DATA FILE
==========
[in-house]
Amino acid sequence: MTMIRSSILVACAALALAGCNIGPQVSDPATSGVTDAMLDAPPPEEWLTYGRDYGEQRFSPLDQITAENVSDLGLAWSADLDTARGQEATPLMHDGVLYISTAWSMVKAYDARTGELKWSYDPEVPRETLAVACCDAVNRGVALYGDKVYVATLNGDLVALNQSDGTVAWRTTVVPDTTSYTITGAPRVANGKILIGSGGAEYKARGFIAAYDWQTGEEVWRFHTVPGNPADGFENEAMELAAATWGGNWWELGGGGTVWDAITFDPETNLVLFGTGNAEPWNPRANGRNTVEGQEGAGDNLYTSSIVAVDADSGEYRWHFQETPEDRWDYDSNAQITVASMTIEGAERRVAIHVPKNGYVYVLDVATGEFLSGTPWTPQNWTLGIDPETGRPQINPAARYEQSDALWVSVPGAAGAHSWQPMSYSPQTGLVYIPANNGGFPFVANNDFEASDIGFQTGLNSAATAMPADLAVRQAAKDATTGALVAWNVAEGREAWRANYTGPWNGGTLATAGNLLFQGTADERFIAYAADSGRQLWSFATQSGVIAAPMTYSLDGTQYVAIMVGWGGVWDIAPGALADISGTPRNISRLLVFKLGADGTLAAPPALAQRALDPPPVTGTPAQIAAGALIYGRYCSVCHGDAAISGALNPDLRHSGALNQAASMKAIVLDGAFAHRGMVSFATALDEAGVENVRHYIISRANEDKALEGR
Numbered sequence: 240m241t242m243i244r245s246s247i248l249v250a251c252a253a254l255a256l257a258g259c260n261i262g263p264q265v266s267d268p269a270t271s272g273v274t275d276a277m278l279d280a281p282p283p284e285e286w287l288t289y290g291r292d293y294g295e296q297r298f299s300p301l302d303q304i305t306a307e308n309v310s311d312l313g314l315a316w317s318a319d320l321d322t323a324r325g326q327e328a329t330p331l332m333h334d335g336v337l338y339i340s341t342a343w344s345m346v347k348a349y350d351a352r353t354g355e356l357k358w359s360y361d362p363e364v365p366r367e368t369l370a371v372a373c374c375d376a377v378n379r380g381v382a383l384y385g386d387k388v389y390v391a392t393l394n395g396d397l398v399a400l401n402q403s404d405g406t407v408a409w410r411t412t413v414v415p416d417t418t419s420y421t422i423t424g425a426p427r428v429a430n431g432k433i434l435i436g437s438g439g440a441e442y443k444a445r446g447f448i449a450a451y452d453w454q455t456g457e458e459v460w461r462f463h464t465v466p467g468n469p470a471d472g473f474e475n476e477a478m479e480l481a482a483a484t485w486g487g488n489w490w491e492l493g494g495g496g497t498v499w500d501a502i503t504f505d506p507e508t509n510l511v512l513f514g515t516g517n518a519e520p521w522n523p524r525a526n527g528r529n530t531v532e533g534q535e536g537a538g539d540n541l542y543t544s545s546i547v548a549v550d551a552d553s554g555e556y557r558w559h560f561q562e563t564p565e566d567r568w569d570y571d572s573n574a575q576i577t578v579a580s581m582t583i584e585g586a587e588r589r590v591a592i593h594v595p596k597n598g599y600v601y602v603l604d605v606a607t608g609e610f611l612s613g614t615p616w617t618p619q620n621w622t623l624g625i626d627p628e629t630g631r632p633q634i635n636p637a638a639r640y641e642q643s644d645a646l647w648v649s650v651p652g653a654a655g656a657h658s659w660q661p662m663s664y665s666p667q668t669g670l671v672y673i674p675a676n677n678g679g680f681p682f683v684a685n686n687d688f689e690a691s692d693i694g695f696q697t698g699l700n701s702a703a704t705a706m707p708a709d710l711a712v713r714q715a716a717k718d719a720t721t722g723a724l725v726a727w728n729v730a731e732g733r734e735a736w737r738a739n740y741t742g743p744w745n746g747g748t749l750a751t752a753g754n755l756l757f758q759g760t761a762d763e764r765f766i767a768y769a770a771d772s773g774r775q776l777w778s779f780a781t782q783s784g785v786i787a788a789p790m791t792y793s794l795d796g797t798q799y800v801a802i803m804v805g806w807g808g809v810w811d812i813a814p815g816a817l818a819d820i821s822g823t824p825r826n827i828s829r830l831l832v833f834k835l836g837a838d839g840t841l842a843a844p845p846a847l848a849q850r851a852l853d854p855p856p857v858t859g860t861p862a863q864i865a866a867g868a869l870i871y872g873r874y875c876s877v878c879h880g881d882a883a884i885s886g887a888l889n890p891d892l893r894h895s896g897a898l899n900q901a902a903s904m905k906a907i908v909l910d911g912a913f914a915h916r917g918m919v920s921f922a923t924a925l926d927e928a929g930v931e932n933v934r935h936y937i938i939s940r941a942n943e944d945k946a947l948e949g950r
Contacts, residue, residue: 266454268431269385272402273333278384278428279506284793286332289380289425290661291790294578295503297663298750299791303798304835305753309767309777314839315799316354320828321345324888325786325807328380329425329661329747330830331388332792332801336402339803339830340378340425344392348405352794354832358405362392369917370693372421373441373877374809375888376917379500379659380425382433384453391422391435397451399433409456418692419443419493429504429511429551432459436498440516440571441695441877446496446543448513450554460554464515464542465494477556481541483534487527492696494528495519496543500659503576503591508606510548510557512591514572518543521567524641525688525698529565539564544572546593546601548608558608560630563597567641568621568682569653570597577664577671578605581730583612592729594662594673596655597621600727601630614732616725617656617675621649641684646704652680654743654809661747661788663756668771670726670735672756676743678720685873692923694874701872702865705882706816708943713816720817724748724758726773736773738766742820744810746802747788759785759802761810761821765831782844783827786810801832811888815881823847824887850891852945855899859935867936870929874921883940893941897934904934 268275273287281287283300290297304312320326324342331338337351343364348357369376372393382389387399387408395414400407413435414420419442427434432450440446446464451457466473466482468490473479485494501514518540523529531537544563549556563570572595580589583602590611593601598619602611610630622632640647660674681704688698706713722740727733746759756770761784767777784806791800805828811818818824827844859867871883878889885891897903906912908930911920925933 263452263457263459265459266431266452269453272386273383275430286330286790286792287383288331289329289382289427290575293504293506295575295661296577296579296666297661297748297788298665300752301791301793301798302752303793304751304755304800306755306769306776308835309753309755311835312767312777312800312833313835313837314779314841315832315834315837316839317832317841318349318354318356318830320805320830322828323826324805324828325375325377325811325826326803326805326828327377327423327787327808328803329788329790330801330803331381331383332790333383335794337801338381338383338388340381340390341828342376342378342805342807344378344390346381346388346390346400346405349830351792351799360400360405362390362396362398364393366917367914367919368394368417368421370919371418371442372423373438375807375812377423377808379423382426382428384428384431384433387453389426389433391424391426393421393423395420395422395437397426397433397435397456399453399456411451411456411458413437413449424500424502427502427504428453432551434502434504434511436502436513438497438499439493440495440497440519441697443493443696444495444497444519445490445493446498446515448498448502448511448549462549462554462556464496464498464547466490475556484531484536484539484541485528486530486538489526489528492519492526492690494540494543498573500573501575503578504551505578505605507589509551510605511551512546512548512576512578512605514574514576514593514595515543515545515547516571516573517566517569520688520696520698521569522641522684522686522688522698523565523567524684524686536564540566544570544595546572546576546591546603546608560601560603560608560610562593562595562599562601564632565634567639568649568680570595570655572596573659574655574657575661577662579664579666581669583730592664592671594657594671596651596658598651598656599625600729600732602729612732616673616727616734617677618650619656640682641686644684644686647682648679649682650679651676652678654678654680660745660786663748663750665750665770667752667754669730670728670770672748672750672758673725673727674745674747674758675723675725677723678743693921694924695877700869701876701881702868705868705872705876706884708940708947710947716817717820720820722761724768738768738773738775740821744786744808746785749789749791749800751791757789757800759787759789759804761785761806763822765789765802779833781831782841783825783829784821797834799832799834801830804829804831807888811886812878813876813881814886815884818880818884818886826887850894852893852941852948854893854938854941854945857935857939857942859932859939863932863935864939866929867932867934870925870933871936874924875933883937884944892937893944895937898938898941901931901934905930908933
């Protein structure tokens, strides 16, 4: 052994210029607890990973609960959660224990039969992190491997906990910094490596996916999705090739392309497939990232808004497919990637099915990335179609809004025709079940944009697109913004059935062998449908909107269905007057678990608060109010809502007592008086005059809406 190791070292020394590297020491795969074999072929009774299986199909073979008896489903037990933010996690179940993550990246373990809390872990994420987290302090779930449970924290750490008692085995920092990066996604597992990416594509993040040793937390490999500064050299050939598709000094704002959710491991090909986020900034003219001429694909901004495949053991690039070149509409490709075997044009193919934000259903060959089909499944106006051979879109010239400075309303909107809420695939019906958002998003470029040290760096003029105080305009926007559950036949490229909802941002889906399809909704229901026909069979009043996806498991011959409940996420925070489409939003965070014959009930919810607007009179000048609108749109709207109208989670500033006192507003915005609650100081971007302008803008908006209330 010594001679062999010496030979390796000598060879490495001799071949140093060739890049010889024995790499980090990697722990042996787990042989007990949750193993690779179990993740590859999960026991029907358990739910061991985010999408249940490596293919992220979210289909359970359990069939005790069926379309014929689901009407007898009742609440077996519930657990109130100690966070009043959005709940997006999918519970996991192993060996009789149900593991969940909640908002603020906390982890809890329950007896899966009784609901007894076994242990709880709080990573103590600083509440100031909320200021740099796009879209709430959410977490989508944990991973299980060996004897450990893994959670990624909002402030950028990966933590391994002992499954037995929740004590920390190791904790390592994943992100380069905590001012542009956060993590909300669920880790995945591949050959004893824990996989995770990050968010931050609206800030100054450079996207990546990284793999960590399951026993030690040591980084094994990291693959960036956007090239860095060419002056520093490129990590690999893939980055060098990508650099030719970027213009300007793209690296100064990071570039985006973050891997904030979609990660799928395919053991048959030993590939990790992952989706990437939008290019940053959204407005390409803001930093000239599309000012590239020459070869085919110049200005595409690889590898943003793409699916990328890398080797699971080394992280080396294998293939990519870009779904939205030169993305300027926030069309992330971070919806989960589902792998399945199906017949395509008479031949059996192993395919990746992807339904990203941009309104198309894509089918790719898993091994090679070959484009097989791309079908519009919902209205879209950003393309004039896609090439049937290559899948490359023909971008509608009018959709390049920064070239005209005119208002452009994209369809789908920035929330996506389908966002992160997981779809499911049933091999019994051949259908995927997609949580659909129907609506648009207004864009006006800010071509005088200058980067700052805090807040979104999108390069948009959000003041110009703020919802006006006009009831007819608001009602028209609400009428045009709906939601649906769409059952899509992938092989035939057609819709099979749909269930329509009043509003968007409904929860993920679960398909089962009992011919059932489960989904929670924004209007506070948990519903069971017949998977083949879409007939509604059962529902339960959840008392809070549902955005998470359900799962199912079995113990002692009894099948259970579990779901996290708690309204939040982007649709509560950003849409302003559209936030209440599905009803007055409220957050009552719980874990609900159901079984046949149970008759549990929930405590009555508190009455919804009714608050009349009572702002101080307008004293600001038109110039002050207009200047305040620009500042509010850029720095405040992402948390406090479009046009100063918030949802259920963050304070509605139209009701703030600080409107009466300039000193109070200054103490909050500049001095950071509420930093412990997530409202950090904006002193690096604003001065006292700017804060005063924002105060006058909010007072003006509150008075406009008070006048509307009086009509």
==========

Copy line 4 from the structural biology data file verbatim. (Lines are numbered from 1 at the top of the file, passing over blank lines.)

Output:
Contacts, residue, residue: 266454268431269385272402273333278384278428279506284793286332289380289425290661291790294578295503297663298750299791303798304835305753309767309777314839315799316354320828321345324888325786325807328380329425329661329747330830331388332792332801336402339803339830340378340425344392348405352794354832358405362392369917370693372421373441373877374809375888376917379500379659380425382433384453391422391435397451399433409456418692419443419493429504429511429551432459436498440516440571441695441877446496446543448513450554460554464515464542465494477556481541483534487527492696494528495519496543500659503576503591508606510548510557512591514572518543521567524641525688525698529565539564544572546593546601548608558608560630563597567641568621568682569653570597577664577671578605581730583612592729594662594673596655597621600727601630614732616725617656617675621649641684646704652680654743654809661747661788663756668771670726670735672756676743678720685873692923694874701872702865705882706816708943713816720817724748724758726773736773738766742820744810746802747788759785759802761810761821765831782844783827786810801832811888815881823847824887850891852945855899859935867936870929874921883940893941897934904934 268275273287281287283300290297304312320326324342331338337351343364348357369376372393382389387399387408395414400407413435414420419442427434432450440446446464451457466473466482468490473479485494501514518540523529531537544563549556563570572595580589583602590611593601598619602611610630622632640647660674681704688698706713722740727733746759756770761784767777784806791800805828811818818824827844859867871883878889885891897903906912908930911920925933 263452263457263459265459266431266452269453272386273383275430286330286790286792287383288331289329289382289427290575293504293506295575295661296577296579296666297661297748297788298665300752301791301793301798302752303793304751304755304800306755306769306776308835309753309755311835312767312777312800312833313835313837314779314841315832315834315837316839317832317841318349318354318356318830320805320830322828323826324805324828325375325377325811325826326803326805326828327377327423327787327808328803329788329790330801330803331381331383332790333383335794337801338381338383338388340381340390341828342376342378342805342807344378344390346381346388346390346400346405349830351792351799360400360405362390362396362398364393366917367914367919368394368417368421370919371418371442372423373438375807375812377423377808379423382426382428384428384431384433387453389426389433391424391426393421393423395420395422395437397426397433397435397456399453399456411451411456411458413437413449424500424502427502427504428453432551434502434504434511436502436513438497438499439493440495440497440519441697443493443696444495444497444519445490445493446498446515448498448502448511448549462549462554462556464496464498464547466490475556484531484536484539484541485528486530486538489526489528492519492526492690494540494543498573500573501575503578504551505578505605507589509551510605511551512546512548512576512578512605514574514576514593514595515543515545515547516571516573517566517569520688520696520698521569522641522684522686522688522698523565523567524684524686536564540566544570544595546572546576546591546603546608560601560603560608560610562593562595562599562601564632565634567639568649568680570595570655572596573659574655574657575661577662579664579666581669583730592664592671594657594671596651596658598651598656599625600729600732602729612732616673616727616734617677618650619656640682641686644684644686647682648679649682650679651676652678654678654680660745660786663748663750665750665770667752667754669730670728670770672748672750672758673725673727674745674747674758675723675725677723678743693921694924695877700869701876701881702868705868705872705876706884708940708947710947716817717820720820722761724768738768738773738775740821744786744808746785749789749791749800751791757789757800759787759789759804761785761806763822765789765802779833781831782841783825783829784821797834799832799834801830804829804831807888811886812878813876813881814886815884818880818884818886826887850894852893852941852948854893854938854941854945857935857939857942859932859939863932863935864939866929867932867934870925870933871936874924875933883937884944892937893944895937898938898941901931901934905930908933